Source: Jeff Yoders/MetalMier
That stock markets have tanked globally is no surprise. How the Federal Reserve will react is unknown.
Most would accept that the Shanghai market was overvalued and vulnerable to a correction, particularly in view of the weakening domestic economy.
Stock markets in the surrounding region have understandably followed China — their biggest export market and the economy to which they are, for better or worse, tied umbilically. In the Middle East, likewise, a self-induced collapse of the oil price has severely damaged the budgets of oil producers and the entry of Iran into that mix has initiated a further rout of the Middle East stock markets this week.
But the falls in the US, while not as bad as the rest of the world, are on the face of it not as easy to justify when you consider the excellent results many firms are posting. A short video blog by the ever watchable John Auther of the Financial Times explains that, in part, this is an expression of the market fighting the Federal Reserve over perceptions of the future direction of the economy and interest rates.
Falling share prices are only one sign of distress in the markets, the US dollar has reacted to the long-running debate about when and how much the Fed will raise rates by gradually appreciating.
More importantly than the dollar rise against a global basket of currencies, is the rise against its nearest and largest trading partners. In the last few months the US dollar has risen by 20% against the Mexican peso and the Canadian dollar, changing the terms of trade in the region.
This will have a profound effect on the economies of the region in 2016 as Mexican and Canadian products become significantly more competitive in the US market compared to domestic producers and US exporters find it profoundly harder to compete in their neighbors’ markets.
What is the Federal Reserve’s Plan?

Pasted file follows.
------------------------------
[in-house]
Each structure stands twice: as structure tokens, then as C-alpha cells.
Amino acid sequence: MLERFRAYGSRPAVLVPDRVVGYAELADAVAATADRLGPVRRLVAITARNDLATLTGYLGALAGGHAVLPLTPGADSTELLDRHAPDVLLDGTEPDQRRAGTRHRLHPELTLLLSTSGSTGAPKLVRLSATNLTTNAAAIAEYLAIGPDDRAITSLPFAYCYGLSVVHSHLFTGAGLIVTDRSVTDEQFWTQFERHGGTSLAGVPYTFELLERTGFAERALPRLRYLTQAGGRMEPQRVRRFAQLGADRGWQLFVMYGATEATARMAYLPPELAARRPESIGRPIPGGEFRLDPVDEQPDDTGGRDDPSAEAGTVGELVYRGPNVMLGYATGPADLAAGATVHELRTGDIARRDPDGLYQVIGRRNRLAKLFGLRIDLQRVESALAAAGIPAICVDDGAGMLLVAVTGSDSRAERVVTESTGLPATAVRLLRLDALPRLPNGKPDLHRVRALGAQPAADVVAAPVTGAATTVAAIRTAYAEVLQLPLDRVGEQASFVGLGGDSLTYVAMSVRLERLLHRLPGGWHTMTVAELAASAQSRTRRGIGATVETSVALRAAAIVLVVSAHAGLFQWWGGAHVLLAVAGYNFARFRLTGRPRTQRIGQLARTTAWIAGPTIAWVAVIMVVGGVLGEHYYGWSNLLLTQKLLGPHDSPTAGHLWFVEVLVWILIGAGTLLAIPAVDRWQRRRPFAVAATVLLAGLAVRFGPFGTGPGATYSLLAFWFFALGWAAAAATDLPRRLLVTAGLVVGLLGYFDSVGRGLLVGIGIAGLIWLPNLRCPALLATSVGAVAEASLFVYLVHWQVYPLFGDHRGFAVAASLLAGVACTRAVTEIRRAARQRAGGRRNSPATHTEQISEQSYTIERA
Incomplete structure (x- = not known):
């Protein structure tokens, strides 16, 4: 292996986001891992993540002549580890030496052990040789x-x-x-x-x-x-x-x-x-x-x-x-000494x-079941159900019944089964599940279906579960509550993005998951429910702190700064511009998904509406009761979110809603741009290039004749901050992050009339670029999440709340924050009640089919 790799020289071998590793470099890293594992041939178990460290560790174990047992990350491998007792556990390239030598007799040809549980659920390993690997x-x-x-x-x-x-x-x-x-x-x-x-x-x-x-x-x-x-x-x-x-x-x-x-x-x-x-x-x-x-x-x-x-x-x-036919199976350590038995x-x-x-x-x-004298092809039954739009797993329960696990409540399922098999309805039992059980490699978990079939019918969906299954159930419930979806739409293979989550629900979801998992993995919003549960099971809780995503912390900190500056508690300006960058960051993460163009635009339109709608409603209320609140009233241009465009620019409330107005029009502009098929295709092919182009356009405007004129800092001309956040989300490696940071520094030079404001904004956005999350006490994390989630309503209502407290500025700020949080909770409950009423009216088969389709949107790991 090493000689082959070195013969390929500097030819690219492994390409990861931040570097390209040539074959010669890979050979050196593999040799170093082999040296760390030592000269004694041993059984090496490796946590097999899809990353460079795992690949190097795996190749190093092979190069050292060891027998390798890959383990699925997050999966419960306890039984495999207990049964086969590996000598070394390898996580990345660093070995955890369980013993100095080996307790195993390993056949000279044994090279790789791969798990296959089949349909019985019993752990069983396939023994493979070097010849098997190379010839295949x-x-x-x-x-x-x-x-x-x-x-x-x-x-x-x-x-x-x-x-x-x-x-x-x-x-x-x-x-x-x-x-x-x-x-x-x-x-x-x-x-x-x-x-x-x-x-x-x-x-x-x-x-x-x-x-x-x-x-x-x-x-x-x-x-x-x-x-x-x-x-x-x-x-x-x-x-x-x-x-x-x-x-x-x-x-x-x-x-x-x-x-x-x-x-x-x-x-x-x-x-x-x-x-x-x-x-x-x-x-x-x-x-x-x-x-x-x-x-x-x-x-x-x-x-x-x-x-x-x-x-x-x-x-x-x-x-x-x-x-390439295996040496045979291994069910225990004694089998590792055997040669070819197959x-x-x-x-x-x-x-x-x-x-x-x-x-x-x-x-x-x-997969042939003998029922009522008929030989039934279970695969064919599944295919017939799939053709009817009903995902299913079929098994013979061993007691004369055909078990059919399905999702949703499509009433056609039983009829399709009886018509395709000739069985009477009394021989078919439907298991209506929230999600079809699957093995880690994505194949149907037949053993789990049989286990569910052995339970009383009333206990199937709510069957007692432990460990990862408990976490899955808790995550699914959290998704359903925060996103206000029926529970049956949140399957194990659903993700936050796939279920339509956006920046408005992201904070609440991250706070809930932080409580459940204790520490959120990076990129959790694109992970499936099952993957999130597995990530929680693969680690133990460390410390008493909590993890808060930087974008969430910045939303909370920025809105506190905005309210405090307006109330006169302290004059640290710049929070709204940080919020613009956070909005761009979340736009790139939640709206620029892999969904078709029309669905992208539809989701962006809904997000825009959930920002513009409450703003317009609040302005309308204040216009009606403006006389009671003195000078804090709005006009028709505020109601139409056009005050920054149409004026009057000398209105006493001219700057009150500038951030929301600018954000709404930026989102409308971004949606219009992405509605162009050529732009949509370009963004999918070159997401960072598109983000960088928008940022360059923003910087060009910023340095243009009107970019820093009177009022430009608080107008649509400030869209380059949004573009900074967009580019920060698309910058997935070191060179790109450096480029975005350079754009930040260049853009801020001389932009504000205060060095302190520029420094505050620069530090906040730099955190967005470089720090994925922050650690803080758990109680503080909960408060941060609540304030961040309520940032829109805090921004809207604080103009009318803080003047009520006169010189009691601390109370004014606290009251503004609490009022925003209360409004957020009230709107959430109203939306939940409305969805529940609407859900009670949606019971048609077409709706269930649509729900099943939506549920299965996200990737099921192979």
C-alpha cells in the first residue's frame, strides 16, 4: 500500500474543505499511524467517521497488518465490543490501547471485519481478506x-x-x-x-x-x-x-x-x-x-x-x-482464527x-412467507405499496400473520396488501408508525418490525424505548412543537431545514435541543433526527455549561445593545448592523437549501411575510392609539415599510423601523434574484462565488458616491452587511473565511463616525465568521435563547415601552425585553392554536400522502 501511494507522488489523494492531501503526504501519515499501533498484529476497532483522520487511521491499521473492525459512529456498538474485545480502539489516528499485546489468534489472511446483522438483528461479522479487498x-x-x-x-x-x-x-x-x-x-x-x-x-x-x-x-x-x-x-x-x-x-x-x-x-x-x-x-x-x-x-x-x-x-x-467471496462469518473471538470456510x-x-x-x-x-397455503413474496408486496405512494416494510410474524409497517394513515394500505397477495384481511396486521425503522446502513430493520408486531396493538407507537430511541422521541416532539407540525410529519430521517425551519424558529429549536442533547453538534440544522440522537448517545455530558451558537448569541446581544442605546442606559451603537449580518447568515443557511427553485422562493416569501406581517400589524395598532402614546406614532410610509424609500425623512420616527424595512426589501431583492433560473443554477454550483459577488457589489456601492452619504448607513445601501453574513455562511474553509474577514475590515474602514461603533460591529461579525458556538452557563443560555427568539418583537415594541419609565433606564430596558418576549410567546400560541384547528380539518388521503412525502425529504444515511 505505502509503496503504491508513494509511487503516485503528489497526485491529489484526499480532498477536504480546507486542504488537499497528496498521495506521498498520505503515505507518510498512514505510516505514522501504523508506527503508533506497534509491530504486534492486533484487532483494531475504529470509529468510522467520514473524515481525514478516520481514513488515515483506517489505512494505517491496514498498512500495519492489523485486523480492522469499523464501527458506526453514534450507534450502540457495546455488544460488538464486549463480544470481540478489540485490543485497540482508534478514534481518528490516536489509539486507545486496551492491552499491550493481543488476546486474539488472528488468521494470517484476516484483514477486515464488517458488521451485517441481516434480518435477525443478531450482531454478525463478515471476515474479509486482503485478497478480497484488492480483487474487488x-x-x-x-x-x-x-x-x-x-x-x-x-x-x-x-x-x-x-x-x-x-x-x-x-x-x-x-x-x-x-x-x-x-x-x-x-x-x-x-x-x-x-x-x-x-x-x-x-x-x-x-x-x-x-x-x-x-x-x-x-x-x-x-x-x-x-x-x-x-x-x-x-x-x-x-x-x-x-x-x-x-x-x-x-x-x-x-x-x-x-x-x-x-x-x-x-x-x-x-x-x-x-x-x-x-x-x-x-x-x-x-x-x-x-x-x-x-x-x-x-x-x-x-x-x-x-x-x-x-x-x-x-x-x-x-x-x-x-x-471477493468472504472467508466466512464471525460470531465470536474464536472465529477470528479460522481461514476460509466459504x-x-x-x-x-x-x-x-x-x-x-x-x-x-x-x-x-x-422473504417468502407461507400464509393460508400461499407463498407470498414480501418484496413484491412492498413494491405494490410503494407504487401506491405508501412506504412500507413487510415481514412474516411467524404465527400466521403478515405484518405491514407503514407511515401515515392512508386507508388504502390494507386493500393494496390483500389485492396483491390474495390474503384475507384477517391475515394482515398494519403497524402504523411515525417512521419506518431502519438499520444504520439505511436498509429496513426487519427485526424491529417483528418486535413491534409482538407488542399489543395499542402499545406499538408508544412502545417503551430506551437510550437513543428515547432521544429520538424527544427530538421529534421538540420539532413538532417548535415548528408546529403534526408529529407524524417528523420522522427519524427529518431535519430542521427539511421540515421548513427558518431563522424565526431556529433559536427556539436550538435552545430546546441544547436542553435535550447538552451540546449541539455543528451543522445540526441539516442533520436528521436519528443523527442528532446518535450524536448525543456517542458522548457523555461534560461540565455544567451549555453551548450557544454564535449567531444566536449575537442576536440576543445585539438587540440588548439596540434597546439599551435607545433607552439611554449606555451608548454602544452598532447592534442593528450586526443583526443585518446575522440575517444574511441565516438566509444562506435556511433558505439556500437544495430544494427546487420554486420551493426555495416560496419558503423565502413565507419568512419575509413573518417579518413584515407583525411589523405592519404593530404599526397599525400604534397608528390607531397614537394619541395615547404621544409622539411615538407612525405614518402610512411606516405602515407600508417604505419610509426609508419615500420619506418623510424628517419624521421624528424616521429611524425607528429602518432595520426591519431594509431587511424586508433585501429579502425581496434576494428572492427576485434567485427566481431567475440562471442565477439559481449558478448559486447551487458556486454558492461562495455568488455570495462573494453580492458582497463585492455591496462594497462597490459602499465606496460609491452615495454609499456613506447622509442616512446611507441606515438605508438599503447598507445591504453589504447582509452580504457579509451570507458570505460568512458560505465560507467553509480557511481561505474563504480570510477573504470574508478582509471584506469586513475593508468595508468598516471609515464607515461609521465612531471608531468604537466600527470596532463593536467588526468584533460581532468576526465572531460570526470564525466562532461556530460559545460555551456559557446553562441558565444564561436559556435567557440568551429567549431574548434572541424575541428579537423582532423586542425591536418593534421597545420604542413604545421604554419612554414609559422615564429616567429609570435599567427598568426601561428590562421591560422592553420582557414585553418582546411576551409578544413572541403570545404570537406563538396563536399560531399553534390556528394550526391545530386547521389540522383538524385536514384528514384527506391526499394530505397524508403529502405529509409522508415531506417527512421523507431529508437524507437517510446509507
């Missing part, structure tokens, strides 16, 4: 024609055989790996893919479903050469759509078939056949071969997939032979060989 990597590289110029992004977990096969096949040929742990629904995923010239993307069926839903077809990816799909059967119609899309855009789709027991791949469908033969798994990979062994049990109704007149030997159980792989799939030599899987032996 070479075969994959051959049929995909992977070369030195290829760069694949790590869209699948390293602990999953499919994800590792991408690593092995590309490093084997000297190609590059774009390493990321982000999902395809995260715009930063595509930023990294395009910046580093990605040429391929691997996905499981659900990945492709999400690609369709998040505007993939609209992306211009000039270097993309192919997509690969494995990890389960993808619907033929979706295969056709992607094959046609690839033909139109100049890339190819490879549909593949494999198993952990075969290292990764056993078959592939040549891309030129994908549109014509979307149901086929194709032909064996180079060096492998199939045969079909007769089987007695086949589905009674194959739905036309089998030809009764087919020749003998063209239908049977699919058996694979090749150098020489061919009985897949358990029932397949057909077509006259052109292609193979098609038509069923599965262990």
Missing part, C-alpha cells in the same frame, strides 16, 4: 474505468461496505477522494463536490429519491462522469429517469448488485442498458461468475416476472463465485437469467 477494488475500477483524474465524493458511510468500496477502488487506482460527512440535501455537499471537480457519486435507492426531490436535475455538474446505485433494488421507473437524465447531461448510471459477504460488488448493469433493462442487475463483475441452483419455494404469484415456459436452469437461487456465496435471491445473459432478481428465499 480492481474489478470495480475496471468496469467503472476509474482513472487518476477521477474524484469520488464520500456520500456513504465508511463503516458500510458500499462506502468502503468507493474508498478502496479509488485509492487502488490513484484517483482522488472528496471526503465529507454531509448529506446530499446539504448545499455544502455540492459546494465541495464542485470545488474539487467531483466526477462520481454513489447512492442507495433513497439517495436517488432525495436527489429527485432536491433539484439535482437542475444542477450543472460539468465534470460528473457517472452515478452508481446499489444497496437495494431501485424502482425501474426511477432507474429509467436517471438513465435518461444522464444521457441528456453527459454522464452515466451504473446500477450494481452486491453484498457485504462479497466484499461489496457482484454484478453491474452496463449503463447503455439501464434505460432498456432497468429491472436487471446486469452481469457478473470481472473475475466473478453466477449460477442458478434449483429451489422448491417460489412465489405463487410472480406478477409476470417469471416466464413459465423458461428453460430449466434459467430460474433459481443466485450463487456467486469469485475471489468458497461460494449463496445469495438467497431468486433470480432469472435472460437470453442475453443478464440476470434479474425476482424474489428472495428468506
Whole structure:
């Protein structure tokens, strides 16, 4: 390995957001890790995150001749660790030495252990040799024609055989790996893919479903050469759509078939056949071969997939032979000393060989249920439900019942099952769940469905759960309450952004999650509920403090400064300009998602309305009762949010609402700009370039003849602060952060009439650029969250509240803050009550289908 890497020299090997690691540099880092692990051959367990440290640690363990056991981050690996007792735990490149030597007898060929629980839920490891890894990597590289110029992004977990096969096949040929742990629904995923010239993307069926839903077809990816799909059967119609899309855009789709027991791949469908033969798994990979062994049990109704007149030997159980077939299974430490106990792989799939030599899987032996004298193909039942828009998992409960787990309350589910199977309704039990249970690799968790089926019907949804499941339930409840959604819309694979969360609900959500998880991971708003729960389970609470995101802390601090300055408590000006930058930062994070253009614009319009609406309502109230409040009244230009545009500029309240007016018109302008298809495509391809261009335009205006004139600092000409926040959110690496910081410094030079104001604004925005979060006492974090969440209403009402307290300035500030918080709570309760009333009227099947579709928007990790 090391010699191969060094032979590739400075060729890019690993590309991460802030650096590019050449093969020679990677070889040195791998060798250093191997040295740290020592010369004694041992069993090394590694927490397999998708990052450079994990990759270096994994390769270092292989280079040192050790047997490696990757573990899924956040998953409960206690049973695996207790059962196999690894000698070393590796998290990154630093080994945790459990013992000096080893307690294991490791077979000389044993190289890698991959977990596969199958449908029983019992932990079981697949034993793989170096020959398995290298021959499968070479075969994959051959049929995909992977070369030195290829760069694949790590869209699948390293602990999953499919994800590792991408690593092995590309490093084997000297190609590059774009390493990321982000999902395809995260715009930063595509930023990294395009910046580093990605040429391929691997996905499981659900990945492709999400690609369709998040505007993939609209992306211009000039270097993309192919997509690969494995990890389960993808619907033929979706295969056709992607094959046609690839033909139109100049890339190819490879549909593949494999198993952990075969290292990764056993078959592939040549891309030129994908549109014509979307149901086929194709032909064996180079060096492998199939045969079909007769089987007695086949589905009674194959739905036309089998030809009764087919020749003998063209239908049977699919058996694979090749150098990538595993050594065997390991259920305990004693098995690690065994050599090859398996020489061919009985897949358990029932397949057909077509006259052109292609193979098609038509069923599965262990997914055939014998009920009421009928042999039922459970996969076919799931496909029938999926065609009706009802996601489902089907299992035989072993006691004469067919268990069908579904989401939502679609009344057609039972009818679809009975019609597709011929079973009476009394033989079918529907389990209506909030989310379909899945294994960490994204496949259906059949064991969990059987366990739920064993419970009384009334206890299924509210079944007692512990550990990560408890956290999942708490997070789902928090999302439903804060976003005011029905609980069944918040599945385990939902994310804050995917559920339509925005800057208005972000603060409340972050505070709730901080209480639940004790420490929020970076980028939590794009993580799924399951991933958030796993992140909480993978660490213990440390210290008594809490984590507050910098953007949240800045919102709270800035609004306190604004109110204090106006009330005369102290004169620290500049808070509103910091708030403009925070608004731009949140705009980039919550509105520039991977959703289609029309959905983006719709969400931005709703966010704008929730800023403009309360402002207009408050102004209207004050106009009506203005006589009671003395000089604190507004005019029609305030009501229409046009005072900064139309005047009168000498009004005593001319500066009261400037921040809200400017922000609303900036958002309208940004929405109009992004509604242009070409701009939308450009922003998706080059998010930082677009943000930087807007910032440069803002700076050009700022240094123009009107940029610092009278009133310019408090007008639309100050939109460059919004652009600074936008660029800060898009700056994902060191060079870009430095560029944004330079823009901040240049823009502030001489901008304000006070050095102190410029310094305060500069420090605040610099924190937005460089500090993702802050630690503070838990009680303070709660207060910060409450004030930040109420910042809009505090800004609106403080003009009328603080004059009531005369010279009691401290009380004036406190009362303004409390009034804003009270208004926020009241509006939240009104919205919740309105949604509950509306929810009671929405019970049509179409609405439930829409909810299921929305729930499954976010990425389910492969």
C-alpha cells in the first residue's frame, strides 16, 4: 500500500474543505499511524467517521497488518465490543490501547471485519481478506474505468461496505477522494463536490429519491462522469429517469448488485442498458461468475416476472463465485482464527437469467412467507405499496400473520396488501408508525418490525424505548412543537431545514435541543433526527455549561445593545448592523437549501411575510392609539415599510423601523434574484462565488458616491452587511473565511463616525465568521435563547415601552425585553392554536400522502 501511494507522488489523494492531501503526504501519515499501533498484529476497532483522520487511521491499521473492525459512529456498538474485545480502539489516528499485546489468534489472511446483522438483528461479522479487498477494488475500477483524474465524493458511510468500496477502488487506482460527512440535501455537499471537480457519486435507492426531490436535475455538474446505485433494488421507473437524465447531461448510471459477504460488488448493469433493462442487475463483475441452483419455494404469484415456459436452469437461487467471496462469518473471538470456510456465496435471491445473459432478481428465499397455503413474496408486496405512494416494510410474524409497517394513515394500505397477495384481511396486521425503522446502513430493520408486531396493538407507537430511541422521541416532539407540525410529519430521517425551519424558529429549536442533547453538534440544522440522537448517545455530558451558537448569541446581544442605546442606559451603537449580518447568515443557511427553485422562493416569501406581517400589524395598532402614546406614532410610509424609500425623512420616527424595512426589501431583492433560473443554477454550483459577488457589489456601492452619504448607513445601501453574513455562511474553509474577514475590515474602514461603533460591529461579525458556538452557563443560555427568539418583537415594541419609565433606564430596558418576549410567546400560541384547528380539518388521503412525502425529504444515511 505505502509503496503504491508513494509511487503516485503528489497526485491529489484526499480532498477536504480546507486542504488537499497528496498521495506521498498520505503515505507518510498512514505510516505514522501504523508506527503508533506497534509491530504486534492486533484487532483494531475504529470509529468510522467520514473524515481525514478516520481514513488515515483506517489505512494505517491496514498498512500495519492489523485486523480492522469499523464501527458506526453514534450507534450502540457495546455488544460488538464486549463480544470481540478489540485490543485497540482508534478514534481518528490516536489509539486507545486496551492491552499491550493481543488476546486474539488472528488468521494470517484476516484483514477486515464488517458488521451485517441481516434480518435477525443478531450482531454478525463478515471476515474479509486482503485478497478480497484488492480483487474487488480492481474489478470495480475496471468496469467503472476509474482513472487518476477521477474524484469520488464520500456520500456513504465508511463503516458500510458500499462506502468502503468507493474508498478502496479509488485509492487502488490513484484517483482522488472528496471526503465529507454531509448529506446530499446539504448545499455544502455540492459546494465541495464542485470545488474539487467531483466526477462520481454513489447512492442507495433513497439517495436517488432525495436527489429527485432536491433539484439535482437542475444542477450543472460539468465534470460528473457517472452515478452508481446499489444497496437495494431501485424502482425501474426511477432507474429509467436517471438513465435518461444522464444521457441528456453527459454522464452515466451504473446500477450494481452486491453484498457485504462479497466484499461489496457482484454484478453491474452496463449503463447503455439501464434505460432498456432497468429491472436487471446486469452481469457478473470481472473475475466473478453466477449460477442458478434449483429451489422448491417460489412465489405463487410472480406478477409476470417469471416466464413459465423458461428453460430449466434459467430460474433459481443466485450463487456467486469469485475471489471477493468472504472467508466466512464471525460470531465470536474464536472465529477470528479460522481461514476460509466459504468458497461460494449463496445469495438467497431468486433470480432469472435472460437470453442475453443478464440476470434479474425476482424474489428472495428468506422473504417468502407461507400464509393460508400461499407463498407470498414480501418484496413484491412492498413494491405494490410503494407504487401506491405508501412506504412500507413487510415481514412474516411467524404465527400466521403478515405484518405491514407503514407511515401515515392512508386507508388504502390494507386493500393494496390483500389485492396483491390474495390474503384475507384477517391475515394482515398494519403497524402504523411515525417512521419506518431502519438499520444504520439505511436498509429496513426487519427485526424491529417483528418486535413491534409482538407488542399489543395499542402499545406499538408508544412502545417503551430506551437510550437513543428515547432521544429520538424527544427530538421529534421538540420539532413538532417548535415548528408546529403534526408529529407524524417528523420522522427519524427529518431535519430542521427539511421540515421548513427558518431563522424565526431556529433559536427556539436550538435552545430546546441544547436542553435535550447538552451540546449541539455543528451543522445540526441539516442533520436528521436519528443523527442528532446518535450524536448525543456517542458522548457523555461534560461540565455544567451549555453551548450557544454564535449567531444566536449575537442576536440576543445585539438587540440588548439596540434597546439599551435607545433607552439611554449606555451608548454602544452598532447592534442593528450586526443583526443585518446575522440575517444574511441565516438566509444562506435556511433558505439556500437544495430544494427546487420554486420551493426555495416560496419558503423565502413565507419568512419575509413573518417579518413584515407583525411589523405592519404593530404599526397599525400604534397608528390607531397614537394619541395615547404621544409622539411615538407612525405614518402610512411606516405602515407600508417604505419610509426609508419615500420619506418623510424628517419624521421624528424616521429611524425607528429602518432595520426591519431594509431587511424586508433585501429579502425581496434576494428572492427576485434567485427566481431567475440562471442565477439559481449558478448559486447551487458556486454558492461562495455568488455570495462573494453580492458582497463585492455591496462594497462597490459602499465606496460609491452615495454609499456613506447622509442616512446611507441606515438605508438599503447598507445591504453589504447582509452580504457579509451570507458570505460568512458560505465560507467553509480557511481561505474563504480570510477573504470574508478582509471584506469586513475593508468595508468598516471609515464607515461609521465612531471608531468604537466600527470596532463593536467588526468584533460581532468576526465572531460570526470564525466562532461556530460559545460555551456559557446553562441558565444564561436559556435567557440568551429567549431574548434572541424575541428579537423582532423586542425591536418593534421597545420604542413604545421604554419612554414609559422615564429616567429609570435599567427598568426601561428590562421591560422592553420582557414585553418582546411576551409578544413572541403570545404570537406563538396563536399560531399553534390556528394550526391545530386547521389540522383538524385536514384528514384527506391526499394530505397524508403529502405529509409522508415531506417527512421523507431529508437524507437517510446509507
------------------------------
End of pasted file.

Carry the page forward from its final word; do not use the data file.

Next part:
Part of the Fed’s drive to raise rates is the belief that it is better to act early and more gradually to combat a rise in inflation down the line that will be the inevitable result of years of near zero interest rates since the financial crisis.
But a combination of an oil and wider commodity price collapse, a stronger dollar and the deflationary effect of China, means the markets do not see any chance of a rise in inflation for years.
Indeed, the ten-year forecast as illustrated by this graph of inflation expectations shows it has been on a downward trend for much of the last year, quite the reverse of the thinking driving the Fed’s actions.
Prospects for Increases
So divergent are the market’s view from what the Fed is saying that almost no one believes them when they say there will be four interest rate rises this year. Expectations have tanked in the last two months as this FT graph shows.
The market is almost certain the Fed will not raise rates again before September at the earliest and maybe not even then.
With so much volatility in global markets you would have expected more of a flight to safety and greater strength in the US stock market, but until there is a more faith in the Fed’s proclamations and fears over China and the Middle East recede, the US is likely to continue to experience significant volatility in spite of the domestic economy performing well.